The expression of opioid genes in non-classical reward areas depends on early life conditions and ethanol intake.

Granholm L, Todkar A, Bergman S, Nilsson K, Comasco E, Nylander I

Brain Res 1668 (-) 36-45 [2017-08-01; online 2017-05-13]

The young brain is highly sensitive to environmental influences that can cause long-term changes in neuronal function, possibly through altered gene expression. The endogenous opioid system continues to mature after birth and because of its involvement in reward, an inadequate maturation of this system could lead to enhanced susceptibility for alcohol use disorder. Recent studies show that the classical reward areas nucleus accumbens and ventral tegmental area are less affected by early life stress whereas endogenous opioids in non-classical areas, e.g. dorsal striatum and amygdala, are highly responsive. The aim was to investigate the interaction between early life conditions and adult voluntary ethanol intake on opioid gene expression. Male Wistar rats were exposed to conventional rearing, 15, or 360min of daily maternal separation (MS) postnatal day 1-21, and randomly assigned to ethanol or water drinking postnatal week 10-16. Rats exposed to early life stress (MS360) had increased opioid receptor gene (Oprm1, Oprd1 and Oprk1) expression in the dorsal striatum. Ethanol drinking was associated with lower striatal Oprd1 and Oprk1 expression solely in rats exposed to early life stress. Furthermore, rats exposed to early life stress had high inherent Pomc expression in the amygdala but low expression after ethanol intake. Thus, adverse events early in life induced changes in opioid gene expression and also influenced the central molecular response to ethanol intake. These long-term consequences of early life stress can contribute to the enhanced risk for excessive ethanol intake and alcohol use disorder seen after exposure to childhood adversity.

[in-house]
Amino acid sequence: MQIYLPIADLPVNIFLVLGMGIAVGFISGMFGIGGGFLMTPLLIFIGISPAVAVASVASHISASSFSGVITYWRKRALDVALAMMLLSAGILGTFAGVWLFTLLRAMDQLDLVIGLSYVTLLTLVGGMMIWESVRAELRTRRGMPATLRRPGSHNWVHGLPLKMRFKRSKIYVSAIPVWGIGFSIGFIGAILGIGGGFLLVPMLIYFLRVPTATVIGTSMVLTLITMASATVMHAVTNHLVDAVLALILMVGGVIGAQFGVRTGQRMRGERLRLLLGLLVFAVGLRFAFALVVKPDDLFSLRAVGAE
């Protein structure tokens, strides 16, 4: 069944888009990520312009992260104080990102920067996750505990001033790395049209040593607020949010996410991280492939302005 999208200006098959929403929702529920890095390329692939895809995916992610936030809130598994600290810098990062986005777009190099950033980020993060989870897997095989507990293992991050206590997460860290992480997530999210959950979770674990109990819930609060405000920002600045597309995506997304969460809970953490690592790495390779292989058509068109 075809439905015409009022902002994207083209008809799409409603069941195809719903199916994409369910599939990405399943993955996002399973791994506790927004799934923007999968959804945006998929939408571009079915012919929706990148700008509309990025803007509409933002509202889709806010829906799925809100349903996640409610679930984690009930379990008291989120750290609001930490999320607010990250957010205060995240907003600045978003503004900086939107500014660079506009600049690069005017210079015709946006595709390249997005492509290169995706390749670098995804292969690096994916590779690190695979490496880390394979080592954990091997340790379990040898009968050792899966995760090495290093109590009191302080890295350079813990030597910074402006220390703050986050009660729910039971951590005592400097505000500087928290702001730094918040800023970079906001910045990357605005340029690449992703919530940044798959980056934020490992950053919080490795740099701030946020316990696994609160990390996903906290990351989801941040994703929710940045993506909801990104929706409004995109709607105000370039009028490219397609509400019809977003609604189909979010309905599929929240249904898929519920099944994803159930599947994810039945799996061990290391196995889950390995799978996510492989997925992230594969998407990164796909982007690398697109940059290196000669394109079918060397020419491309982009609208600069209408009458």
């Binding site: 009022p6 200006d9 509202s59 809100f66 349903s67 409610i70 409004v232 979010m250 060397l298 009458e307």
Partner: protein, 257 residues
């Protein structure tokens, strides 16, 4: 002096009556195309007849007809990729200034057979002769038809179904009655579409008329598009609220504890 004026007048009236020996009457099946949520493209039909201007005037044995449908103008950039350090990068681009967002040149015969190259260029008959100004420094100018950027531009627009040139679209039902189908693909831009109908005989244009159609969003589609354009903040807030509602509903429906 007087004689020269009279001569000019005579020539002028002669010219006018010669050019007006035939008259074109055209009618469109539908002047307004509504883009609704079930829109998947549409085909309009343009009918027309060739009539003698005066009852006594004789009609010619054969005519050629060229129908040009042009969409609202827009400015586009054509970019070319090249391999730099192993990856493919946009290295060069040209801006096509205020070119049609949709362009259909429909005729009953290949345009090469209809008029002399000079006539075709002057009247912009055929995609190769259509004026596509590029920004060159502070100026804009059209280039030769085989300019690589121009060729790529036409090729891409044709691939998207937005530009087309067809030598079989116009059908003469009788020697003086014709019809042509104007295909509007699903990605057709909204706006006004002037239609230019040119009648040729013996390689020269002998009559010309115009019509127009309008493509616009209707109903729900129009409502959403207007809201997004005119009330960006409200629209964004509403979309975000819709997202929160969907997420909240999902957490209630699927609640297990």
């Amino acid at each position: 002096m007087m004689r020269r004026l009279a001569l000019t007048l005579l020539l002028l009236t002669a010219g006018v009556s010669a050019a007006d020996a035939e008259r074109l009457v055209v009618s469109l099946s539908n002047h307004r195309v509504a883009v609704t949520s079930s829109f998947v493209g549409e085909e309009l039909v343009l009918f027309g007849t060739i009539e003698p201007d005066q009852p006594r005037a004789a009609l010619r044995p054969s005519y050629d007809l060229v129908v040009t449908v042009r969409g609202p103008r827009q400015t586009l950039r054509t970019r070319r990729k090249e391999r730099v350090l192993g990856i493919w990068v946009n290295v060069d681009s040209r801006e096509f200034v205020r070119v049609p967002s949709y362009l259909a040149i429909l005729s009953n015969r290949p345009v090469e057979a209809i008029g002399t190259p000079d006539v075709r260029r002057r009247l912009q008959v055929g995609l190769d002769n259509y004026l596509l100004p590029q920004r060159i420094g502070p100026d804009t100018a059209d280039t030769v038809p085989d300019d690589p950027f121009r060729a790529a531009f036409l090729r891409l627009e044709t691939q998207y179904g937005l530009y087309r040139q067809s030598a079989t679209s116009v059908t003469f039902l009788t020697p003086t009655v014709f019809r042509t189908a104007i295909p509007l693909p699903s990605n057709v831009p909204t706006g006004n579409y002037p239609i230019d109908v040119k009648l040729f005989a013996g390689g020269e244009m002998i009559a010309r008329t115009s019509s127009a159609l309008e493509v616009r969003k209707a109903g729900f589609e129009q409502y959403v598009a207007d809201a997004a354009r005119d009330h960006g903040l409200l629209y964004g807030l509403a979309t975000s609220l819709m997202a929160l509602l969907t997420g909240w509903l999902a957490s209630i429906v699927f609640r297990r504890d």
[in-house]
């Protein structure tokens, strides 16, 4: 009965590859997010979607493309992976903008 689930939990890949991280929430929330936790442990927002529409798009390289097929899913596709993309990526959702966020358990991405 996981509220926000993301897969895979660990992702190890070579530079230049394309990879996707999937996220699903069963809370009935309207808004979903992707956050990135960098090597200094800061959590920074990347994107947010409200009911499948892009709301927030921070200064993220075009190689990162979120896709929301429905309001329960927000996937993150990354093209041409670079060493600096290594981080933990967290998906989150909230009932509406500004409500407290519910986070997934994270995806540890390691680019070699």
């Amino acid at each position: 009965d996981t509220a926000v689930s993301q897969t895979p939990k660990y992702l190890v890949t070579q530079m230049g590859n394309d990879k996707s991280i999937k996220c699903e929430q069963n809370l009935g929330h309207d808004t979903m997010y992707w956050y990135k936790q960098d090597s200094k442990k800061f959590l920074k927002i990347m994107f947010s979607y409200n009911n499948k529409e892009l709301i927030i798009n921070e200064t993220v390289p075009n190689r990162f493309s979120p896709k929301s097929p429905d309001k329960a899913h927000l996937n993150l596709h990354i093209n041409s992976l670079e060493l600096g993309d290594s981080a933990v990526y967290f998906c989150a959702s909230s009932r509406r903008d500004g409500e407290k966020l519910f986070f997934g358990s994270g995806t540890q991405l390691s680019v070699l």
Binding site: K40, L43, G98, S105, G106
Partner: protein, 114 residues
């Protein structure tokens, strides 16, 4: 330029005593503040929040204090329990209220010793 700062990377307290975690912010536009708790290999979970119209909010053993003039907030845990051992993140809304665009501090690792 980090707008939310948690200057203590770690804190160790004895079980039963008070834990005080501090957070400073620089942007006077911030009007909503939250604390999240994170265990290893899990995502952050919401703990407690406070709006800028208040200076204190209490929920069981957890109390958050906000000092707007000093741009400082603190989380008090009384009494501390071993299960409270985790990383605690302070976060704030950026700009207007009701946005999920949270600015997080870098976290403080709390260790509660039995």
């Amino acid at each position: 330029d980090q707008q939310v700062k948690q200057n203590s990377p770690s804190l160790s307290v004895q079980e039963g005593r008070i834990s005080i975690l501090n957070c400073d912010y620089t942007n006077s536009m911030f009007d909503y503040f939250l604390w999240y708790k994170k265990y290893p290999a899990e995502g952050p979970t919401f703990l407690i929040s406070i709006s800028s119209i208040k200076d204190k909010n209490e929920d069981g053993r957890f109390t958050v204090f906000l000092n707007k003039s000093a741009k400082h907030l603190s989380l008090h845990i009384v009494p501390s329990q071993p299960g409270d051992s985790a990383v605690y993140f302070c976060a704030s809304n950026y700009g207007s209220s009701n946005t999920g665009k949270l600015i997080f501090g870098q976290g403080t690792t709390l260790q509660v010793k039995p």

Erika Comasco

Fellows programme

PubMed 28511993

DOI 10.1016/j.brainres.2017.05.006

Crossref 10.1016/j.brainres.2017.05.006

pii: S0006-8993(17)30195-6


Publications 7.1.2